Geothermal company Dandelion Energy partnering with Hudson Solar to bring 100% Renewable Energy to Hudson Valley and Capitol Region of NY

Today, my new partners at Dandelion, which is a geothermal startup that recently graduated X, the research and development lab at Google’s parent company, announces a partnership with Hudson Solar, the leading residential solarinstaller in the Hudson Valley and Capital Region.  Yes I’m teamed up with a Google Startup ok breathe breathe!).  

Plus, I know Hudson Solar. They were chosen as a leading provider of solar in the Solarize campaigns throughout most of the Hudson Valley. 

Together, these companies will offer homeowners the opportunity to easily get their homes to go 100% GREEN ENERGY. 
Dandelion as reported in the Poughkeepsie Journal today uses a new geothermal installation process developed at X, can convert homeowners away from oil or gas heat and offer them substantial savings.  

Hudson Solar, with its on-site or community solar offerings, can then offer homeowners to lower the cost of solar power.  A homeowner with geothermal, solar and energy efficiency can easily go 100 percent renewable. The Dandelion geothermal system will use solar electricity and the ground, as a source of heat and heatsink, to provide a home with heating, cooling and hot water! (BOOM!!)
Hudson Solar, with its on-site or community solar offerings, can then offer homeowners to lower the cost of solar power.  A homeowner with geothermal, solar and energy efficiency can easily go 100 percent renewable. The Dandelion geothermal system will use solar electricity and the ground, as a source of heat and heatsink, to provide a home with heating, cooling and hot water! (BOOM!!) 

Let’s put it this way, average geothermal installs cost around $40,000. Dandelion is about $20,000 and will offer financing and monthly payment plans. 

Now while solar costs about the same, the finance costs will be really more affordable than the grid.

Geothermal company Dandelion Energy partnering with Hudson Solar to bring 100% Renewable Energy to Hudson Valley and Capitol Region of NYDandelion Energy partners with Hudson Solar to bring 100% Renewable Energy to Hudson Valley and Capitol District in NY

“We chose Hudson Solar as our first solar partner because the company is well known for their high-quality work and share our values and excitement about the impact that our combined product will have on combating climate change,” Dandelion CEO Kathy Hannun said. “Hudson Solar’s unique offering of both on-site and community solar systems means they can provide all of Dandelion’s customers a way to power their geothermal systems with clean electricity. ”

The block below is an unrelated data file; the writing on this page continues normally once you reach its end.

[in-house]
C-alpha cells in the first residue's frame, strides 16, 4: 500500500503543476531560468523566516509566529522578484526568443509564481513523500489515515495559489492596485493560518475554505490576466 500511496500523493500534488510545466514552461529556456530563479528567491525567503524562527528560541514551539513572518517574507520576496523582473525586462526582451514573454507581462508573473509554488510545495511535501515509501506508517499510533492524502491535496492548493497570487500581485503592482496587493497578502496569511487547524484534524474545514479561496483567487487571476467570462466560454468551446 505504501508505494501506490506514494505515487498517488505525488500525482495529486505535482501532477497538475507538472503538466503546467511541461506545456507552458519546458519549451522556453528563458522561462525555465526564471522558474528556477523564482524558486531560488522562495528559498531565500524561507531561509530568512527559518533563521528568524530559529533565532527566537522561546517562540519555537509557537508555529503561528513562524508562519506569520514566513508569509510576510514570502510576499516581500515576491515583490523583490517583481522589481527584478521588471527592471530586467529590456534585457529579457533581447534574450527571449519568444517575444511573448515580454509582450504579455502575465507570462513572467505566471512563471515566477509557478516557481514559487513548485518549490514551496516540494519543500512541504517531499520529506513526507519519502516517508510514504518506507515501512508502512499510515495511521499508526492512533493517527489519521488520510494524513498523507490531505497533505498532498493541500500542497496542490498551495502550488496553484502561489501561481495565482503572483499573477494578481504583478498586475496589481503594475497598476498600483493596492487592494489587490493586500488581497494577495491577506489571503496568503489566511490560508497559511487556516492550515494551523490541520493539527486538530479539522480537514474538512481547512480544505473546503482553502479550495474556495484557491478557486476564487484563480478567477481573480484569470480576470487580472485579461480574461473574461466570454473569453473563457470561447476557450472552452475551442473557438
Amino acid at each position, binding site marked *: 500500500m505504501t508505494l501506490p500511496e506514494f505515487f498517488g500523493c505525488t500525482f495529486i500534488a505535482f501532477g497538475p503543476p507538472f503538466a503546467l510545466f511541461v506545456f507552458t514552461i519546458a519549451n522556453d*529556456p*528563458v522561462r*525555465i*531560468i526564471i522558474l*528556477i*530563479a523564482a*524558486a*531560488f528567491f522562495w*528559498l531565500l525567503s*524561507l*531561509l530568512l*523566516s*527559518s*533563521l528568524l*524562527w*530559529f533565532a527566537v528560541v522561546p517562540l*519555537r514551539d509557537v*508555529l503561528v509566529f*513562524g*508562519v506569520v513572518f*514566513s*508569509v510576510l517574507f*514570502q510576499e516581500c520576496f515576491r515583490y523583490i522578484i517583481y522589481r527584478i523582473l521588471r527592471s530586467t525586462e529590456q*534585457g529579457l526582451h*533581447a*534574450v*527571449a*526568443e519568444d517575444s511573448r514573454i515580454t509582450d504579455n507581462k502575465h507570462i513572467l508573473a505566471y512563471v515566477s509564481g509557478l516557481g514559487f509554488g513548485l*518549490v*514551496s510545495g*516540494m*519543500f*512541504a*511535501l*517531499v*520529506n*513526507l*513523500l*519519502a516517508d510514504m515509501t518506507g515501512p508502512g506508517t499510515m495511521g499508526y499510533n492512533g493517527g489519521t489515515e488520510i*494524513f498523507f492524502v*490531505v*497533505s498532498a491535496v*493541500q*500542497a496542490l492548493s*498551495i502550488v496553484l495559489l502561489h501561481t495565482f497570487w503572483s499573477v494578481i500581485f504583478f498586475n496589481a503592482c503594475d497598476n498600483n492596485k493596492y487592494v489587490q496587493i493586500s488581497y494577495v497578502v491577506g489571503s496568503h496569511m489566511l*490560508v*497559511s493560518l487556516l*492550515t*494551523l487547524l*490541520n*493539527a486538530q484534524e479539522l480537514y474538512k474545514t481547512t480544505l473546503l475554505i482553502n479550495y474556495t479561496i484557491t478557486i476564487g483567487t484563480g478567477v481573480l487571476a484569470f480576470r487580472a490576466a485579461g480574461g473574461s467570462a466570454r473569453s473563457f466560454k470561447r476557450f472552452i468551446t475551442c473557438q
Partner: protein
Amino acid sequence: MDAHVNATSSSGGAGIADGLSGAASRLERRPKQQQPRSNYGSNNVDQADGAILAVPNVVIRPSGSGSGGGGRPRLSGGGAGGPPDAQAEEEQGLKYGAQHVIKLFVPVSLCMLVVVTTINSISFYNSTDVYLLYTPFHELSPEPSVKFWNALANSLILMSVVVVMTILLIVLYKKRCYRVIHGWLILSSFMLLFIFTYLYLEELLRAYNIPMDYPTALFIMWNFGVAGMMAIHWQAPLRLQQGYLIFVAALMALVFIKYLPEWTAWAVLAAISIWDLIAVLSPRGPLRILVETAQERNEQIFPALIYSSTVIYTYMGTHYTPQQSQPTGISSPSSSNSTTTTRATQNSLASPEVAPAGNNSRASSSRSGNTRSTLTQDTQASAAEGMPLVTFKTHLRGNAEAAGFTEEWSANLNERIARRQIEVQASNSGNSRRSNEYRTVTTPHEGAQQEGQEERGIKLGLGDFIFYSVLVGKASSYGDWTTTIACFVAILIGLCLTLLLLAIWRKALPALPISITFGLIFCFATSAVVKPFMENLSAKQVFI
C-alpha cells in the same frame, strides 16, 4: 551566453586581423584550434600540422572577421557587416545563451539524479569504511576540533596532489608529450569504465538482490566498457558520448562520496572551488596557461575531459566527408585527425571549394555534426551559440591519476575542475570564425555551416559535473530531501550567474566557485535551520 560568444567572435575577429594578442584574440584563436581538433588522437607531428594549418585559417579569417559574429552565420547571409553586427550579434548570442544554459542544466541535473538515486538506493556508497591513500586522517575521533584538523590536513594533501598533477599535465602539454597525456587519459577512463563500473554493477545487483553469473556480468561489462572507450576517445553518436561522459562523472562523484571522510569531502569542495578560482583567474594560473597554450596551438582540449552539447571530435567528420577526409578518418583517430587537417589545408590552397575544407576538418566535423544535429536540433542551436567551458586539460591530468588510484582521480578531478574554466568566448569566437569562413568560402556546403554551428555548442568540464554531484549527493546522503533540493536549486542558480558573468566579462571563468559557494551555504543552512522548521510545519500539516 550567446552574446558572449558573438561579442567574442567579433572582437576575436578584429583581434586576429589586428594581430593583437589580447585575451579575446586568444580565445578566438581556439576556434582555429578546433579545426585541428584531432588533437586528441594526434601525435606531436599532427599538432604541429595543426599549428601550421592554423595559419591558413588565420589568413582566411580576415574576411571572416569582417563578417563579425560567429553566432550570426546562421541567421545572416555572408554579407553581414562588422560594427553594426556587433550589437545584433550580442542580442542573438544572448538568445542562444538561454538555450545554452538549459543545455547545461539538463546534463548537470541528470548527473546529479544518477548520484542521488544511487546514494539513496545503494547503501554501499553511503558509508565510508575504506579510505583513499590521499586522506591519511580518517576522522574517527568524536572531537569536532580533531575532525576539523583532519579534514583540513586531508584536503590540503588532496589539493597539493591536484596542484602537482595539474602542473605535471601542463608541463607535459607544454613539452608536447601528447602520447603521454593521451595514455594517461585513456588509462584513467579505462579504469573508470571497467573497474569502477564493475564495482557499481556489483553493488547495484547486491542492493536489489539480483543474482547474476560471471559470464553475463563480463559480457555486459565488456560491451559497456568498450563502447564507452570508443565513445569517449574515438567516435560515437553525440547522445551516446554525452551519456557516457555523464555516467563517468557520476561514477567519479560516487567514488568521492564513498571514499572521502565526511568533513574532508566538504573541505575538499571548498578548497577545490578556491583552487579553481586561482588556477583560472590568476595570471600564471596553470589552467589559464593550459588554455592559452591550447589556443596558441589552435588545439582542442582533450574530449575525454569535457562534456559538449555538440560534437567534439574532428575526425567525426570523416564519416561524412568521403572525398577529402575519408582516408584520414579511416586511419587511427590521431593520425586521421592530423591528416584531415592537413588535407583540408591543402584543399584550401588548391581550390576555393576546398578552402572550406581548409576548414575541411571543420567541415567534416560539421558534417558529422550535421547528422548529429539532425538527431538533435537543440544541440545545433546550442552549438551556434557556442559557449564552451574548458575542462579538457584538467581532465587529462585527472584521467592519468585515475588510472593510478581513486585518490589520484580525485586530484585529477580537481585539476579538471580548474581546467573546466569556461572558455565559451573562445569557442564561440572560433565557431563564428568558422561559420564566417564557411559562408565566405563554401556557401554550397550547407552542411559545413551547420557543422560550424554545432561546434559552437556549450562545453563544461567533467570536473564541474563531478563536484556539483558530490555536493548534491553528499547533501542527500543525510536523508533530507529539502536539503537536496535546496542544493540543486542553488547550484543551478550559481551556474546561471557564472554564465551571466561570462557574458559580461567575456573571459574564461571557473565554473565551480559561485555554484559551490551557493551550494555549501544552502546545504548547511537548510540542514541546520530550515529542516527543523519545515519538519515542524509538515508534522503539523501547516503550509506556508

“Dandelion has lowered the cost of geothermal and set up financing so a homeowner switching to geothermal from oil or propane can save money from day one, just like with solar,” Hudson Solar CEO Jeff Irish said. ” … And with our community solar arrays, even people who can’t site solar on their property can go solar.”

Source: Dandelion Energy

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Geothermal Energy Can Boost Low Carbon Economic Development in Central America and USA

While IRENA and Central American countries hold workshop to overcome geothermal development barriers across the region, we know clearly that it is the next new wave of clean green energy for the USA! For example, check out my newest partners Dandelion Energy!!

San Salvador, El Salvador, 21 August 2017 — Central America’s and the USA vast geothermal potential could be a key tool in low-carbon economic development. 

If state, local and regional government entities can adopt the policy and regulatory frameworks necessary to support its deployment. 

While IRENA and Central American countries hold workshop to overcome geothermal development barriers across the region, we know clearly that it is the next new wave of clean green energy for the USA! For example, check out my newest partners Dandelion Energy!!
Central American countries, which currently rank among the world’s top countries in terms of the share of installed geothermal energy, have the potential for 20 times the currently installed capacity.
A workshop in El Salvador today, organised by IRENA and LaGeo, El Salvador’s state-owned generator of electricity from geothermal resources, and in association with Deutsche Gesellschaft für Internationale Zusammenarbeitis (GIZ), seeks to identify the measures that may unlock the region’s vast geothermal potential.

“Central America holds some of the world’s most promising geothermal resources, that if utilised can help the region secure and deliver, inexpensive electricity while stimulating low-carbon economic growth,” said Gurbuz Gonul, Acting Director of Country, Support and Partnerships at IRENA. “Through the sharing of knowledge, experience and lessons learned from the leading geothermal countries in Central America, this workshop will help establish the building blocks for the stable, long-term policy framework needed to overcome barriers in geothermal development,” added Mr. Gonul.

“In the CEL Group we are proud to be part of this global effort to bring clean energy to our countries. Latin America needs renewables and this global network [the Global Geothermal Alliance] will give us the necessary tools to support the region,” said Mr. David Lopez Villafuerte, President of the Hydroelectric Commission of the Lempa River Group CEL.